Wednesday, May 28, 2014

Leadership Styles: Servant and Stewardship

Understanding, developing and adapting our leadership styles to the circumstances at hand is becoming recognized as an important skill as so many of us work in team environments. Two of the leadership approaches that I've been researching over the last several years is servant leadership and stewardship leadership.

Robert K. Greenleaf, describes servant leadership as our innate desire to bring out the best in others. As he says: "The servant-leader is a servant first. . . . It begins with the natural feeling that one wants to serve, to serve first. Then conscious choice brings one to aspire to lead. . . . The best test is: do those served grow as persons: Do they, while being served, become healthier, wiser, freer, more autonomous, more likely themselves to become servants? And, what is the effect on the least privileged in society; will they benefit, or, at least, not be further deprived?" In effect, servant leadership involves added qualities such as listening, respect, empathy and being authentic in the caring and well-being of others so that they can excel.

Stewardship leadership incorporates similar values as servant leadership and adds a measure of autonomy and trust in the capabilities of others. In his book, Stewardship: Choosing Service over Self Interest, author Peter Block defines stewardship as “to hold something in trust for another. . . . the choice to preside over the orderly distribution of power. This means giving people at the bottom and the boundaries of the organization choice over how to serve a customer, a citizen, a community. It is the willingness to be accountable for the well-being of the larger organization by operating in service, rather than in control, of those around us. Stated simply, it is accountability without control or compliance.” Stewardship involves  allowing people to develop their own style of interactions with others and supports having them take care of others though their intentions of being of service.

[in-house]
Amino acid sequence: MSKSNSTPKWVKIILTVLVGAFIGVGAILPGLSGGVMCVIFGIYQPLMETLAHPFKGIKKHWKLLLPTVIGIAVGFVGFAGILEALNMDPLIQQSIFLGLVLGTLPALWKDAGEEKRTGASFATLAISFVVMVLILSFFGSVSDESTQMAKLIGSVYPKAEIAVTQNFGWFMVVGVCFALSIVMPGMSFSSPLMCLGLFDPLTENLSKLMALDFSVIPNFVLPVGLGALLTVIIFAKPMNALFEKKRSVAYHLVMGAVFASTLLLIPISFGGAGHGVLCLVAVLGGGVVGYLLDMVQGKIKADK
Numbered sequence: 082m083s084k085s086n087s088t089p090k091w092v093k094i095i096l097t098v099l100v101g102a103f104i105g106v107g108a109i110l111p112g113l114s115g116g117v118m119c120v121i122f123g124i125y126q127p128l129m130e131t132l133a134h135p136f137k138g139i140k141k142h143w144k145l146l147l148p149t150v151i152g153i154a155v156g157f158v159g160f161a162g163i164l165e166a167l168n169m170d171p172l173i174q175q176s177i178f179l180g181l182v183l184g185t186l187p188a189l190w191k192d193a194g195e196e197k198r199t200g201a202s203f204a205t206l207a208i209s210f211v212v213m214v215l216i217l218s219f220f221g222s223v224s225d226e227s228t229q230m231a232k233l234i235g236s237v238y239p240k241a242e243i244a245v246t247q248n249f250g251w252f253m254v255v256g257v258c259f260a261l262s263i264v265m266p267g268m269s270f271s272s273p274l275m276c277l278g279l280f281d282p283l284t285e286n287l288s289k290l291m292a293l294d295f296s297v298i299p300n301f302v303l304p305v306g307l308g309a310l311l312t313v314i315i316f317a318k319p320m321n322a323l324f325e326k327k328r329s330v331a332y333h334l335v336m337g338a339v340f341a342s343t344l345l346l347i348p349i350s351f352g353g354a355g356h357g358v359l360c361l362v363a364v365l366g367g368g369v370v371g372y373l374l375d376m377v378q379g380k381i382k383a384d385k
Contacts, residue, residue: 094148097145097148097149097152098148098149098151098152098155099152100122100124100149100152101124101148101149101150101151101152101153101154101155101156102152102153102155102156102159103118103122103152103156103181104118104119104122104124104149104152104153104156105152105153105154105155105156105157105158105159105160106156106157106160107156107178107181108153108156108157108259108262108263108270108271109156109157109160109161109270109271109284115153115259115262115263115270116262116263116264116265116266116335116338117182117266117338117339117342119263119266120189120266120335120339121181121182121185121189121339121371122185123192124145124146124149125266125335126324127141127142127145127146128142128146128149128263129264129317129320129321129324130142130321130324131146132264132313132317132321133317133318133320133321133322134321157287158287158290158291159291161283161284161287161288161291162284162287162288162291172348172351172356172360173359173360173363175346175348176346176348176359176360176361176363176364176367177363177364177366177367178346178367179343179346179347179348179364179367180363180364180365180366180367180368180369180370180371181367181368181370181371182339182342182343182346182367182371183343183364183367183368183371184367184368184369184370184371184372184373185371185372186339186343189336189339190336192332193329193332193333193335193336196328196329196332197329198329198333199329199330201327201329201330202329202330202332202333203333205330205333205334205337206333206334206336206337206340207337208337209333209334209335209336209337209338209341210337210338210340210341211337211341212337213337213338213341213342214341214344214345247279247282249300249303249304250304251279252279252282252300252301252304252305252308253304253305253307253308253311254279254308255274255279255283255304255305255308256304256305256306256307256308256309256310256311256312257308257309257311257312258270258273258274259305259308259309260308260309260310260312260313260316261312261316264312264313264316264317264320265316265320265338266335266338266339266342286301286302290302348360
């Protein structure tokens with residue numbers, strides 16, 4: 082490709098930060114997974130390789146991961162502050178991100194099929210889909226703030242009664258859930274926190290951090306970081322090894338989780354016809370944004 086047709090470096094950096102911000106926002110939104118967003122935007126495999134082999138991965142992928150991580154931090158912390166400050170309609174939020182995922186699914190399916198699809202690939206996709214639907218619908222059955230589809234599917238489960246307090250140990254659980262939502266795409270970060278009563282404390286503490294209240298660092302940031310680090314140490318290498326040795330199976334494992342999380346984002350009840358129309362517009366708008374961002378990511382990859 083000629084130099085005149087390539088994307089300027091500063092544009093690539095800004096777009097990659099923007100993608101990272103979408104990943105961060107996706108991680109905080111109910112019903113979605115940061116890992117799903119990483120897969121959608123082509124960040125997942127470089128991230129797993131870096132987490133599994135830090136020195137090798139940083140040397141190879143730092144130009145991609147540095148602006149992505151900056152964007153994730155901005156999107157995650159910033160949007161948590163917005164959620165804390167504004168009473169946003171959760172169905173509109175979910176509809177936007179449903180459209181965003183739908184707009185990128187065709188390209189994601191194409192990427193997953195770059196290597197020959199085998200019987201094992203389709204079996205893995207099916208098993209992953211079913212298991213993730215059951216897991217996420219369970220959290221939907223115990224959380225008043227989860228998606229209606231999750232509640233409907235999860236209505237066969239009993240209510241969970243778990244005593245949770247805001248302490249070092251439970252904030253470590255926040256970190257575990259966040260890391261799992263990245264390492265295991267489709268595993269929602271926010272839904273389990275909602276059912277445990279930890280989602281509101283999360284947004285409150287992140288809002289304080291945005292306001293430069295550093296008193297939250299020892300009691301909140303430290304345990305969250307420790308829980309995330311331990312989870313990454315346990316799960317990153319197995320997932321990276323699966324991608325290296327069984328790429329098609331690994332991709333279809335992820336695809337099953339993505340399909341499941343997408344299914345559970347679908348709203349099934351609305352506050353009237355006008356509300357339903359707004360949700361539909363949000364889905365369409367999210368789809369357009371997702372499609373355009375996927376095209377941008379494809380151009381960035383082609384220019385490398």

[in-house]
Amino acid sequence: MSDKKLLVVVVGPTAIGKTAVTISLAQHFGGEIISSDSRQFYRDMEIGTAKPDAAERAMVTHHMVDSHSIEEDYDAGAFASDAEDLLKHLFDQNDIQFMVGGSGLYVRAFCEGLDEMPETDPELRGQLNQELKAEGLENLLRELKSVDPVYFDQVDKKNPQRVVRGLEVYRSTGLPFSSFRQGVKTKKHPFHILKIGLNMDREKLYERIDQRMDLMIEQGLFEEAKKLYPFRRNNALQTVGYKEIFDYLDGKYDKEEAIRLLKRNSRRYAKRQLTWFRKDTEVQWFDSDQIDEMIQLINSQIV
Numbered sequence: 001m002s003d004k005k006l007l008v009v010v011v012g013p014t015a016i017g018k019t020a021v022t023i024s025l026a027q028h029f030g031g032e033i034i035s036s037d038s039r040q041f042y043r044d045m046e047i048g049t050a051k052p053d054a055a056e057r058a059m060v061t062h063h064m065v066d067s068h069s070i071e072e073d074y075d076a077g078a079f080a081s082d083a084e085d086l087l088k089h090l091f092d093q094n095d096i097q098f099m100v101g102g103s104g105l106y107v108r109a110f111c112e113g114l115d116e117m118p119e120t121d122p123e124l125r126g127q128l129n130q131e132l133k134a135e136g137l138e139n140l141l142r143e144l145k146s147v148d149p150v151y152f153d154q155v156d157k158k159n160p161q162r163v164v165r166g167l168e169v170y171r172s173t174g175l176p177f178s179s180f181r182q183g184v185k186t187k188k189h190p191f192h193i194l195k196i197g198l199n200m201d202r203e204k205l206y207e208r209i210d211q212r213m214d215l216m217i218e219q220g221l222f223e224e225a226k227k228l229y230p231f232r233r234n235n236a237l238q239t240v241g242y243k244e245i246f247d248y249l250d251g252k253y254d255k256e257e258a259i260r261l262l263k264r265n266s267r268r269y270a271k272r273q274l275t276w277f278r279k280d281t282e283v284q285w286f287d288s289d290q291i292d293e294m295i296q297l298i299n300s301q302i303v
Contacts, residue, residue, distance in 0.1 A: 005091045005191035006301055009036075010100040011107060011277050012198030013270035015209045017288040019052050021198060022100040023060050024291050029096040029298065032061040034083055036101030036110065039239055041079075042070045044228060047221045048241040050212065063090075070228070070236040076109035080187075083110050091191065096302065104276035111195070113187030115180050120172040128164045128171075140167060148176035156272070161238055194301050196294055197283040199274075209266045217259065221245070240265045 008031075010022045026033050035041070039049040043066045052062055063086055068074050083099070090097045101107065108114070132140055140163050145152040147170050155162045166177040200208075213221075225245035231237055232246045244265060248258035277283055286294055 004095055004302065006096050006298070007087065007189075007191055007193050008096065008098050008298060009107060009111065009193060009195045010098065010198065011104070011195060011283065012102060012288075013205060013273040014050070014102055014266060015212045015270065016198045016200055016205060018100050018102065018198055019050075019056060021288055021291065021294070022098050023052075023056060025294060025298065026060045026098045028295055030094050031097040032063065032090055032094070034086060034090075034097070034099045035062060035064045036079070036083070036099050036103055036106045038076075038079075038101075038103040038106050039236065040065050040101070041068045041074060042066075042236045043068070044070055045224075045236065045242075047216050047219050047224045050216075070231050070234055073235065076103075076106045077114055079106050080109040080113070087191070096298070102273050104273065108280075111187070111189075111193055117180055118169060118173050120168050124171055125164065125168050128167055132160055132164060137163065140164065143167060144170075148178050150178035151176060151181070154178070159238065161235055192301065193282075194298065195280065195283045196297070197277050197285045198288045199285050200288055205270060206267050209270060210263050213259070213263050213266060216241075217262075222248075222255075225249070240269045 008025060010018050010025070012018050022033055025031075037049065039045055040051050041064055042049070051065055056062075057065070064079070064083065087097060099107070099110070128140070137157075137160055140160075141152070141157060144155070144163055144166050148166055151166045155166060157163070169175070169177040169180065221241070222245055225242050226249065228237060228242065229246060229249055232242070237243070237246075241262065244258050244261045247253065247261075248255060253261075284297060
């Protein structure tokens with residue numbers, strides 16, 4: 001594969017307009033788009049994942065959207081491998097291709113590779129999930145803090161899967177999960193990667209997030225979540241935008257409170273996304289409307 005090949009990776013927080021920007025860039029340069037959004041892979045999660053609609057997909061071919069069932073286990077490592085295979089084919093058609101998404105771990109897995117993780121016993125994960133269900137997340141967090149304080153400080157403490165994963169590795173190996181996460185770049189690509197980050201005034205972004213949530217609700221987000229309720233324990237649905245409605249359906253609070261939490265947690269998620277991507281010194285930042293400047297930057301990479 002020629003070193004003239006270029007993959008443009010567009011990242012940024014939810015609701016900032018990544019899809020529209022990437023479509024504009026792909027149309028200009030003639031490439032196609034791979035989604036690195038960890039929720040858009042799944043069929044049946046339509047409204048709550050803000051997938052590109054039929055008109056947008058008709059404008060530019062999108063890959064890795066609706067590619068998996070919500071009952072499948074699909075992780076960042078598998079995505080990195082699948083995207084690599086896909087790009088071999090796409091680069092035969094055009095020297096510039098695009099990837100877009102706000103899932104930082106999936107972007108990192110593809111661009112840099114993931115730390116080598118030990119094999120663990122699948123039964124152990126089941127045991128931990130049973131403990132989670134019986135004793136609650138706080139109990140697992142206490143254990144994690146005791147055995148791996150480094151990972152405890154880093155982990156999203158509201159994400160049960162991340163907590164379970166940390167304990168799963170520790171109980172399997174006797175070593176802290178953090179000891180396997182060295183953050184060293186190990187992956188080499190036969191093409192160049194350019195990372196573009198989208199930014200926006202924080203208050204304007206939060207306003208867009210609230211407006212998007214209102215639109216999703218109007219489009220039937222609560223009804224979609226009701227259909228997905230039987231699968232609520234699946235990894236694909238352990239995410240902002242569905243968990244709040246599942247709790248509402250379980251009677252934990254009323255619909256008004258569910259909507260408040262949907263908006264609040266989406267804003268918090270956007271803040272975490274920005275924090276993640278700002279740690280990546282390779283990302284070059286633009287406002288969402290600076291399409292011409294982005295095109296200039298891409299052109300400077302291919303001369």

Both the servant and stewardship approaches to leadership speak to the highest qualities of people by creating the conditions for others to reach their full potential and develop their own leadership style. These approaches apply when interacting with the full spectrum of individuals from varying cultures and ages since the core qualities are deeply humanistic.